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Concerns about exposure to polio were the impetus behind the university’s nude-swimming rule for male students. The Red Gym’s showers were also stocked with a strong soap to prevent the spread of germs. The other reason had more (or less, depending on your perspective) to do with plumbing. Residue from the cotton swimsuits of the time had a tendency to clog the pool’s sand and gravel filtration system, much to the irritation of university plumbers who filled the 20 by 60-foot pool with Lake Mendota “clear blue” water.

Tough economic times during the 1950s made it difficult for some students to cover the bare necessities. A UW towel cost 60 cents, though swimmers netted free laundry service — a bargain considering thousands of students learned how to swim at a university surrounded by water.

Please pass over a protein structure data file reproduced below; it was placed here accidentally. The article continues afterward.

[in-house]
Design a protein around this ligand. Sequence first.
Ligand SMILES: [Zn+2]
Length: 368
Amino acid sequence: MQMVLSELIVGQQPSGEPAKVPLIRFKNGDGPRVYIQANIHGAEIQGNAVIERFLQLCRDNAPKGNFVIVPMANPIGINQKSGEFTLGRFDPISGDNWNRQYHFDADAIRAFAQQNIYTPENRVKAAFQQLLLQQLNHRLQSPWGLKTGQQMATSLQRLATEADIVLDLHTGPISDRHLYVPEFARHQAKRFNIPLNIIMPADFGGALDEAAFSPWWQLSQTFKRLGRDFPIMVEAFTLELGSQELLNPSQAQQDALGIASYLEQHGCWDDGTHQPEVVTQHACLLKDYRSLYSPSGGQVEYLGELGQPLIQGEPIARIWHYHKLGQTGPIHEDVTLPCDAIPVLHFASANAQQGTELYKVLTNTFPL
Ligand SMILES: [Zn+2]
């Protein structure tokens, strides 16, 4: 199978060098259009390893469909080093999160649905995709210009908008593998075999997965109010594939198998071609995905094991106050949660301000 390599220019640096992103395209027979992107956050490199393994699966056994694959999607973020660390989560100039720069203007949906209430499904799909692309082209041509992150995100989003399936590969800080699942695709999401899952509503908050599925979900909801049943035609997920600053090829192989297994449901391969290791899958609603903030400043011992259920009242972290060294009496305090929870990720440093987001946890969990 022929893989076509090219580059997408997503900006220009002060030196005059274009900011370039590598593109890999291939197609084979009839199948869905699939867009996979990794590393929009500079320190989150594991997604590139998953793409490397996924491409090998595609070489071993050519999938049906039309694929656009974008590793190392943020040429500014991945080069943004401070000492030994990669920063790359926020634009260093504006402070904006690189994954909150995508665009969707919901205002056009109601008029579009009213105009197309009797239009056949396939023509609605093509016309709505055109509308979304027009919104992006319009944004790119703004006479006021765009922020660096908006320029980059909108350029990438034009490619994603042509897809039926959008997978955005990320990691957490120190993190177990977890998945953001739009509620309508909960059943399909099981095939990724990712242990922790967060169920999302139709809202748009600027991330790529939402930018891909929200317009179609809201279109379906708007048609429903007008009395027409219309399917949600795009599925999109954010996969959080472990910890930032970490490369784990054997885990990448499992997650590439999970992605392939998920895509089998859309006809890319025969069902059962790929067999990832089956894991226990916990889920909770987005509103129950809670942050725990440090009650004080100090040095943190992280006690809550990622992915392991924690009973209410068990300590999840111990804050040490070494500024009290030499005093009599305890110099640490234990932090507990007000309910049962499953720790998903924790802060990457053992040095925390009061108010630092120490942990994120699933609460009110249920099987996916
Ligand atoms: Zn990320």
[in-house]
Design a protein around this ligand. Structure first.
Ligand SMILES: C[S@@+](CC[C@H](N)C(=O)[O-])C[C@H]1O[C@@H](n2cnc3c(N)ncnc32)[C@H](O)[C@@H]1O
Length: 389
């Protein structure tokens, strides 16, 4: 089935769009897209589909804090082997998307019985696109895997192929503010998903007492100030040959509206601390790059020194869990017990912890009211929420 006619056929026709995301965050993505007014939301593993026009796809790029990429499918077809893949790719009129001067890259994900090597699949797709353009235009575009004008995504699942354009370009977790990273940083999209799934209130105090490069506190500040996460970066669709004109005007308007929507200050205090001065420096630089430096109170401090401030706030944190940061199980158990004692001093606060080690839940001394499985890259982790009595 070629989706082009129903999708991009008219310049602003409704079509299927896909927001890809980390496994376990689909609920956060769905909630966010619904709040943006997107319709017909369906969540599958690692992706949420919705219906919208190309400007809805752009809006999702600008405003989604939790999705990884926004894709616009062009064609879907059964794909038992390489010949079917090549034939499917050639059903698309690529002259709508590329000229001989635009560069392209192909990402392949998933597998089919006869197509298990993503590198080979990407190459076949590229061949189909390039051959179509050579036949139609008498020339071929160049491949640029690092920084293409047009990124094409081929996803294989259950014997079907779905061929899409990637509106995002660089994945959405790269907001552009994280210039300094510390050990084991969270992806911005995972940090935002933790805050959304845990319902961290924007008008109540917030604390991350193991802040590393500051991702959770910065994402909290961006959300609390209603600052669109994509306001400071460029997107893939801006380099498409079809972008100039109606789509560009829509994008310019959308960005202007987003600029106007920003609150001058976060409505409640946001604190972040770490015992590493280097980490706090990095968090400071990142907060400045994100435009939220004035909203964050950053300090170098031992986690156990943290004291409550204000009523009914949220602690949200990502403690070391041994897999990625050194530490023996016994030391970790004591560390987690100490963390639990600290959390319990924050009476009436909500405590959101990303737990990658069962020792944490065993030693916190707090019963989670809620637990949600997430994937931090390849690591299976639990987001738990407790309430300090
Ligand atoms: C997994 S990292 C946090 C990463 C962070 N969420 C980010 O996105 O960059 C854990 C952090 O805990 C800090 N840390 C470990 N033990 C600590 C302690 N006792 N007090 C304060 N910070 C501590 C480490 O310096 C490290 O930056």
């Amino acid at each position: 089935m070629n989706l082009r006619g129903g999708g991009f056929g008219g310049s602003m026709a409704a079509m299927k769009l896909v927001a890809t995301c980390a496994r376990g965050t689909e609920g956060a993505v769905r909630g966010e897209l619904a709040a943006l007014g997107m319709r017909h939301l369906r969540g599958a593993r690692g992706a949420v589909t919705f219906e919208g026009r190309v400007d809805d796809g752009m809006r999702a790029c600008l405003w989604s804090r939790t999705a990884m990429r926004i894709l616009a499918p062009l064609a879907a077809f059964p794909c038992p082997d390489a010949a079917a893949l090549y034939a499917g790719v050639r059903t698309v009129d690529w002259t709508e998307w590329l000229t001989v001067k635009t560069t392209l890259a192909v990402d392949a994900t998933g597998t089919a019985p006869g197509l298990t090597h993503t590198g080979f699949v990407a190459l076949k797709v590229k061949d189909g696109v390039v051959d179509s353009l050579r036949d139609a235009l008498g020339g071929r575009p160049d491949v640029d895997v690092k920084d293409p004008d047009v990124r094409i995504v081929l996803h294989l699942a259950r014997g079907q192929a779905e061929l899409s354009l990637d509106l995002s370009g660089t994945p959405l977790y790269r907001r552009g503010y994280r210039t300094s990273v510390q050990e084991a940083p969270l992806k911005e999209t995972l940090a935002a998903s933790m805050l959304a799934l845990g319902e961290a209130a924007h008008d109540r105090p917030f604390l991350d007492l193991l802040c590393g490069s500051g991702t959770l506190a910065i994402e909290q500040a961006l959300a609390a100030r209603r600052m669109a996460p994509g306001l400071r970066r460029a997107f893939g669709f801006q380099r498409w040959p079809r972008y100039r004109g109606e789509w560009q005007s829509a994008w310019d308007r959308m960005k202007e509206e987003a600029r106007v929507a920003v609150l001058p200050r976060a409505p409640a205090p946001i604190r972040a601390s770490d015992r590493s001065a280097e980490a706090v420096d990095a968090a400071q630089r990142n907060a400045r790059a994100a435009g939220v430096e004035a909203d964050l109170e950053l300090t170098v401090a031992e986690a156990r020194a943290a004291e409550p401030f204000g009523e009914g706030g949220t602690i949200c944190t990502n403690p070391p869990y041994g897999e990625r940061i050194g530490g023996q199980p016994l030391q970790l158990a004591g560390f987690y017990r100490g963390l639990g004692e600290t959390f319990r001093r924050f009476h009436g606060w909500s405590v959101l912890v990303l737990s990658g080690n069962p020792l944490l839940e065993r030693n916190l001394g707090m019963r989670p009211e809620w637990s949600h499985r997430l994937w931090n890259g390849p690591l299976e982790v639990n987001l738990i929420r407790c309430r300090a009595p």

Male students continued to swim in the buff until 1967, when some unfettered females joined them for an equal opportunity lap swim. From then on, all swimmers, male and female, wore swimsuits at the Red Gym, the NAT and the SERF.

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